Despite the coronavirus lockdown, millions of Americans plan on traveling this summer. However, many are deciding against booking flights or taking public modes of transportation. Travel experts predict this will be the year of the resurgence of the old-fashioned road trip.
Dr. Lynn Minnaert, a clinical associate professor at New York University’s Tisch Center of Hospitality spoke on the year’s travel trends. “It is predicted that car travel will be the preferred transportation mode,” Minnaert said.
According to a recent RVIA study, more than 46 million Americans say they plan on hitting the open road in an RV. This is nearly double that of 2019. Also, the two largest publicly-traded RV companies, Winnebago and Thor, saw shares jump 244% and 230% respectively, up from March lows, CNBC reports.
With travel restrictions and health guidelines, travel presents its challenges. Check out below what millions of Americans are doing to get out of the house but stay safe at the same time.
Many travelers are avoiding big hotels and looking for vacation homes. For example, sites like Airbnb recorded considerably more nights booked for U.S. listings this past spring than in years past.
Other sites like VRBO and Booking Holdings saw substantial increases in vacation rental reservations. Many of these locations are in remote areas, not in big cities. “Every place where you see water in there or mountains or national parks, the homes around it are what’s starting to get booked up,” VRBO president Jeff Hurst stated.
To practice social distancing, many vacationers are going on camping trips this summer. “Camping is also expected to become more popular, as well as quieter, less-visited destinations,” Dr. Minnaert says.
Along with RV sales increases, bookings on camping reservation site Campspot rose 10% since May. RV’s accounted for 70% of bookings followed by cabins at 21% and tents at 6%. Camping popularity is up, it will still look quite different than in years past.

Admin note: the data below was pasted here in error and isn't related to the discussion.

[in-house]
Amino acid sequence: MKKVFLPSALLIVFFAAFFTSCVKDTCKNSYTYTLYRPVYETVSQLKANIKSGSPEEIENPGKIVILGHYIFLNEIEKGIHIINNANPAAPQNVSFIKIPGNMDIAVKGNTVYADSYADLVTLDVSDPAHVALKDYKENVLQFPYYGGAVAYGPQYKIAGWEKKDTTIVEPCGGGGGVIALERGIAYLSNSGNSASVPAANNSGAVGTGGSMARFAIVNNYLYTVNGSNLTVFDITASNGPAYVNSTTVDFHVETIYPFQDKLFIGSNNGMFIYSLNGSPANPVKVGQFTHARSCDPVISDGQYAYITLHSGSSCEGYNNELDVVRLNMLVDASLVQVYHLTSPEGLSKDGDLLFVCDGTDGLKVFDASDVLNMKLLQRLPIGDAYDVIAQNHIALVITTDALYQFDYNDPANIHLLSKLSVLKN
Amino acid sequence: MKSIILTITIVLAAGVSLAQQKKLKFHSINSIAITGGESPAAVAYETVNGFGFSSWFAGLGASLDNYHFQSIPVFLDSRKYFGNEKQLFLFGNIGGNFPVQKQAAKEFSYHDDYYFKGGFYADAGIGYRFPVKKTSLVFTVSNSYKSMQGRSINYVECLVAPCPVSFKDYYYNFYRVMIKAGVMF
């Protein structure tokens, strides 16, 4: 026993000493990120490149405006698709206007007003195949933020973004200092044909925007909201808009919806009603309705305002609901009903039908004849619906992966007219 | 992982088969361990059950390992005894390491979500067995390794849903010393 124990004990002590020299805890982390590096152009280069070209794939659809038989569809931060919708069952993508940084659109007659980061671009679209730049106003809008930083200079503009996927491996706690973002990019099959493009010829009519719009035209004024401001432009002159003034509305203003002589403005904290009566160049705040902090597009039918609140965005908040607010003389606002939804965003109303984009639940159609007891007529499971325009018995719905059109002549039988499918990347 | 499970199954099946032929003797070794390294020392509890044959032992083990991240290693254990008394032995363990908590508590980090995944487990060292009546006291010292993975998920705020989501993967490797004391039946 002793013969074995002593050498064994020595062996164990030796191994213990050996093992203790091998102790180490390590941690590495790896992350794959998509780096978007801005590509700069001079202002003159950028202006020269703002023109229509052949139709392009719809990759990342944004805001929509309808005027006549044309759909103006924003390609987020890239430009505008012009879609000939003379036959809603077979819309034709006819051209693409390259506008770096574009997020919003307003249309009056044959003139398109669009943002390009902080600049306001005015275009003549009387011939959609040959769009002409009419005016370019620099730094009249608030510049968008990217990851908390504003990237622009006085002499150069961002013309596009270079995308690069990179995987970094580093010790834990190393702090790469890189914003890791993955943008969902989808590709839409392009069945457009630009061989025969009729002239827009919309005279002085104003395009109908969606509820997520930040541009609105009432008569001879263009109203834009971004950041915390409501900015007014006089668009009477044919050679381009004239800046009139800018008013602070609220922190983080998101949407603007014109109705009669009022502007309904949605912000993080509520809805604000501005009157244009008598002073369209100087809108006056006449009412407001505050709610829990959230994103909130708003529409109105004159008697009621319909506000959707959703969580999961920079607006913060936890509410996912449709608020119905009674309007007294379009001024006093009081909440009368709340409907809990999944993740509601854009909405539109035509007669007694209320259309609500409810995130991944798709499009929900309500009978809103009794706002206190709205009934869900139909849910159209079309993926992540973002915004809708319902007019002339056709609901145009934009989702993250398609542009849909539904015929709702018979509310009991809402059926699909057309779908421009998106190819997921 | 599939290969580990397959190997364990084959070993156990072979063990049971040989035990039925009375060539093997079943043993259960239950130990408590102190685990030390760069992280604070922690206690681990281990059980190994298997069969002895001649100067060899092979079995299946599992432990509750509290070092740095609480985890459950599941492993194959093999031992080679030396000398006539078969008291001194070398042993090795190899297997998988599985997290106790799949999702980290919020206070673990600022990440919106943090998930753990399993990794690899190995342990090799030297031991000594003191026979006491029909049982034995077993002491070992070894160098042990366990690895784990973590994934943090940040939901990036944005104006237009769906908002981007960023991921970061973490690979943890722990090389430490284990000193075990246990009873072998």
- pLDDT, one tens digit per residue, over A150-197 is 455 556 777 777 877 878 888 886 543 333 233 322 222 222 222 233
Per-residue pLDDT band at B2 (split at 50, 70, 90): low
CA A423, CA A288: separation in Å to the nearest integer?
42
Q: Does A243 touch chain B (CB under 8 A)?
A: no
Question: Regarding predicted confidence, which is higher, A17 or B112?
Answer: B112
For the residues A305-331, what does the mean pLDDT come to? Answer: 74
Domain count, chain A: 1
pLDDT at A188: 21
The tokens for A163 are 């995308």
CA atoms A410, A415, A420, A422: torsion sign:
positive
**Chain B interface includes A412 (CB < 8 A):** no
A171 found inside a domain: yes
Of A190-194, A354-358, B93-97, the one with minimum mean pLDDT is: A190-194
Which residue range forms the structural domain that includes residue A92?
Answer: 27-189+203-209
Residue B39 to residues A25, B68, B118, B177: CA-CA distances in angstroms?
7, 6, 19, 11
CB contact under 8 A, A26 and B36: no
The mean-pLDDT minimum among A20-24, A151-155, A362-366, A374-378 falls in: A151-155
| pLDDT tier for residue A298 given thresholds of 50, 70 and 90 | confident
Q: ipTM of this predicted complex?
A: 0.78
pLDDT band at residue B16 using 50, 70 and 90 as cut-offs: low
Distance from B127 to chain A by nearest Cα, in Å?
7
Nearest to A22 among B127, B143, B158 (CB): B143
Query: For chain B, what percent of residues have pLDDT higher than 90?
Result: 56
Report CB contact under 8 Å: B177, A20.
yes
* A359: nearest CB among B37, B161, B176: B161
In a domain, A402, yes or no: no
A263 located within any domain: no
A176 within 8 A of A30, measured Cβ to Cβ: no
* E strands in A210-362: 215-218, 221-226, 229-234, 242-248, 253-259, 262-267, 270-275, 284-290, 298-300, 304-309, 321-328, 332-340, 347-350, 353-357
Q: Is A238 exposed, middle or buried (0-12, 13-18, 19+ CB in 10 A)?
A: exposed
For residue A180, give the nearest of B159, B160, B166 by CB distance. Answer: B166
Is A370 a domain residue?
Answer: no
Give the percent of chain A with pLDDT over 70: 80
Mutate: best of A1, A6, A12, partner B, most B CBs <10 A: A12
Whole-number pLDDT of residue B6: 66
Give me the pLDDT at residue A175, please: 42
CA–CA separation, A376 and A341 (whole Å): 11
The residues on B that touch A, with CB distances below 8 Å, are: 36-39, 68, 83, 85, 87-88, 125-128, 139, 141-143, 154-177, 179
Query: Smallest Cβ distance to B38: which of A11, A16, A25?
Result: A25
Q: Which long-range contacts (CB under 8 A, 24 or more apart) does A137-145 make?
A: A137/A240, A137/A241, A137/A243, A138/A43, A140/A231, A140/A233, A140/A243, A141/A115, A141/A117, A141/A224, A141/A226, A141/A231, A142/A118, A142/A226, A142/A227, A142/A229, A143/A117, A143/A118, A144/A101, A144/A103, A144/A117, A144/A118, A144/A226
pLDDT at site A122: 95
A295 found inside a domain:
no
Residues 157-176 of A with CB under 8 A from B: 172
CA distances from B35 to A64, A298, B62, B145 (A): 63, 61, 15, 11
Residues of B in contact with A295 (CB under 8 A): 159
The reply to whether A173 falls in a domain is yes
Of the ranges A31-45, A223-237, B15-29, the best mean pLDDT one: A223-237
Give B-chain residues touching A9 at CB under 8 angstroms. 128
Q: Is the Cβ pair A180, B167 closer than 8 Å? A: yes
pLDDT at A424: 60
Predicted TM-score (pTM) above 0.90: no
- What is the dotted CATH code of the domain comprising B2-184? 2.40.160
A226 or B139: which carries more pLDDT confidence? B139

While many travelers may not plan on staying at a high-end hotel, that doesn’t mean they want to forego luxury altogether. The demand for luxury road-tripping is “wide open” according to Lisa Simeone, principal at Simeone Deary Design Group.
Simeone explains there are a number of amenities high-end locations are offering. Some of those high-end options include “in-cabin fridges that are stocked ahead of time with only items you selected and pre-ordered from a curated list, and an app that connects you to partnered locals that offer results-driven health and wellness or indulgent spa services, and the perfect transportation services help you get there.”
More Safety Suggestions
Regardless of your route and destination, it’s important to comply with health and safety guidelines. “Continue maintaining your distance from others,” Oksana Pyzik, senior teaching fellow at University College London’s School of Pharmacy, says. “If you or anyone in your family start to feel sick, cancel your travel plans and stay home.”
Here’s a list of more important travel safety tips, compiled by CNBC travel experts:
- Use your own vehicle when possible.
- Bring disinfectant wipes and use them on heavily-touched surfaces.
- Pack a mask and wear it in public.
- Stay relatively close to home. Travel restrictions may change.
- For campers, consider “glamping.”
- Prepare your own meals when you can.
- Practice social distancing.
- Reduce stops en route by packing your own snacks and drinks.